Sep 17, 2018


  • US FDA is amending its 510(k) third-party review program 3PRO to reduce the need for agency re-reviews of these submissions and market entry delays.
  • As part of the 3PRO overhaul, FDA will adjust its list of eligible devices to focus more on lower-risk, less complex products.
  • By 2021, FDA wants 85% of 3PRO-reviewed 510(k) submissions to go through without the need for agency re-review.

The US Food and Drug Administration has set a goal of obviating the need to re-review 85% or more of 510(k) applications that have undergone third-party review by the agency’s 2021 fiscal year.

FDA intends to achieve this goal by revamping its 510(k) Third Review Program (3PRO) as well as clarifying which types of medical devices meet the criteria for third-party 510(k) reviews via new draft guidance. According to FDA, changes to 3PRO will allow the regulator to focus on reviewing more complex and higher-risk devices while improving US market access for lower-risk products whose safety and effectiveness may be more easily assessed by third-party reviewers.

How 510(k) third-party reviews currently work

In its current form, the FDA’s third-party review (3P) program (known as the Accredited Persons or AP Program) entails the following steps:

  • 510(k) applications for devices with eligible product codes submitted to the 3P;
  • 3P uses FDA criteria to evaluate 510(k) submissions;
  • 3P sends submissions to FDA along with Substantially Equivalent or Not Substantially Equivalent recommendations;
  • FDA issues final determination based on 3P’s recommendations.

However, FDA may also deem it necessary to re-review 510(k) submissions from third-party reviewers within 30 days of receiving these submissions.

“When FDA routinely re-reviews 3P submissions, it prevents FDA and sponsors from experiencing efficiencies the 3P Review Program is meant to achieve, including that reviewers do not have more time to focus on higher-risk and more complex devices,” states the agency.

To reduce the need for re-reviewing 510(k) submissions from 3Ps, FDA plans to amend the list of device types eligible for third-party reviews so that more complex and higher-risk devices are not included; equip 3Ps with more resources and tools to provide more sound Substantial Equivalence recommendations; establish clearer criteria to help FDA reviewers determine when re-reviews of submissions from 3Ps is warranted; and installing a process to monitor and evaluate the 3P Review Program.

Revisiting device eligibility for 3P reviews

First, FDA argues that 510(k) submissions for lower-risk, simpler devices are less likely to require re-review following 3P evaluations.

Following the FDA Reauthorization Act of 2017 (FDARA), the agency now has the authority to amend its list of devices eligible for 3PRO, and plans to remove some higher-risk devices from program qualification based on new listing guidance.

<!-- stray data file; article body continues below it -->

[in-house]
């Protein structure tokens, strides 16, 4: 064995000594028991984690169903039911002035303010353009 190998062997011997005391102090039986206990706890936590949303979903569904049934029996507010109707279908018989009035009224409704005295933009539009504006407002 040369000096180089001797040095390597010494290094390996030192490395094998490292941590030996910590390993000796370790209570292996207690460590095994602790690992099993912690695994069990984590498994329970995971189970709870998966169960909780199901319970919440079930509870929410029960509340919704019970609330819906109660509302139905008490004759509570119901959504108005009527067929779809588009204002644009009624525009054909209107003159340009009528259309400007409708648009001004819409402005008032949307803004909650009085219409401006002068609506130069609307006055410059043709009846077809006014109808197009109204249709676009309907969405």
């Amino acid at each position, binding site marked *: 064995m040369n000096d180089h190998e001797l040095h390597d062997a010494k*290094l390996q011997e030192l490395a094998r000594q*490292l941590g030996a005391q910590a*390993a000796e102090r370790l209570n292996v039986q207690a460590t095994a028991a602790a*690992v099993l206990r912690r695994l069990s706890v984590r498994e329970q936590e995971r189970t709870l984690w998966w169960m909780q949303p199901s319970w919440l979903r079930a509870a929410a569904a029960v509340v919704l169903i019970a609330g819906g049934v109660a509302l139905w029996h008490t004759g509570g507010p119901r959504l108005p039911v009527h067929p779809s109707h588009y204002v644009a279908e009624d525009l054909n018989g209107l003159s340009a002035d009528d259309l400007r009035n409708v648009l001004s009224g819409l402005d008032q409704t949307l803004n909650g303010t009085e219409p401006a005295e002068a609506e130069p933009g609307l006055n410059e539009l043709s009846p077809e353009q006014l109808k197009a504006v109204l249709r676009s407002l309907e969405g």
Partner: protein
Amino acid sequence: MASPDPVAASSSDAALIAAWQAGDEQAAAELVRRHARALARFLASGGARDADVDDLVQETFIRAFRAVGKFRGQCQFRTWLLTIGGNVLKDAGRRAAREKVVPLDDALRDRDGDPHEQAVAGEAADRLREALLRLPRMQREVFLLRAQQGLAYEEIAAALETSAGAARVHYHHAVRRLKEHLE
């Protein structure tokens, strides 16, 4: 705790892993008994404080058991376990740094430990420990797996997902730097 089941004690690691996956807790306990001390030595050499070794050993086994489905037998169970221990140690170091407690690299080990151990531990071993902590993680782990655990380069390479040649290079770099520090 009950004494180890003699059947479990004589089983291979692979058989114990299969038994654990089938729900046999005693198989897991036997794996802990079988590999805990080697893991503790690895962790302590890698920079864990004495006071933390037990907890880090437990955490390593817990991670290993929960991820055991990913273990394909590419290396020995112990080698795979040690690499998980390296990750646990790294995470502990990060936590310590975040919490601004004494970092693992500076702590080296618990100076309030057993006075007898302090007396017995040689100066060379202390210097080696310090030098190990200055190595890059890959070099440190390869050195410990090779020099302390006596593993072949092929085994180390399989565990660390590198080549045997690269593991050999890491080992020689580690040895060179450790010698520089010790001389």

More resources for 3P review organizations

Second, FDA intends to expand the pool of resources available to 3P review organizations so that these entities’ 510(k) review recommendations are deemed equivalent to agency reviewer determinations.

Additional tools and resources FDA has identified to provide to 3P reviewers include:

  • Expanding general and device-specific training programs;
  • Developing guided, tailored review templates for specific device types;
  • Setting up an Early Interaction process wherein 3P reviewers can consult with FDA staff during premarket reviews;
  • Setting up Update Channels to alert 3P reviewers when new or amended regulations affecting devices under their review are adopted.

New framework for 510(k) re-review determinations

Besides more resources for 3P review organizations, FDA also plans to provide more support to the agency’s own reviewers to evaluate 3P review recommendations and determine whether to re-reviews of these submissions.

FDA identifies several criteria its reviewers should consider when evaluating 3P review recommendations; these include a 3P review organization’s capability, device level of complexity, type of device under review, and characteristics of the manufacturer whose device is under review.

Following a performance report FDA issued in early 2018 that in some cases showed slower third-party 510(k) review timeframes than for standard FDA premarket reviews, the regulator’s moves to overhaul and bolster 3PRO to provide a more efficient US market pathway should be welcome news to qualifying manufacturers (if effectively implemented).

Learn more about US FDA 510(k) registration requirements:

  • US FDA 510(k) application consulting for medical devices and IVDs
  • FDA medical device and IVD regulatory strategy
  • Whitepaper: Preparing a US FDA 510(k) submission
  • Whitepaper: Determining Substantial Equivalence for FDA medical device registration
  • Clearance calculator: How long will it take to clear my FDA 510(k) application?


  • Stewart Eisenhart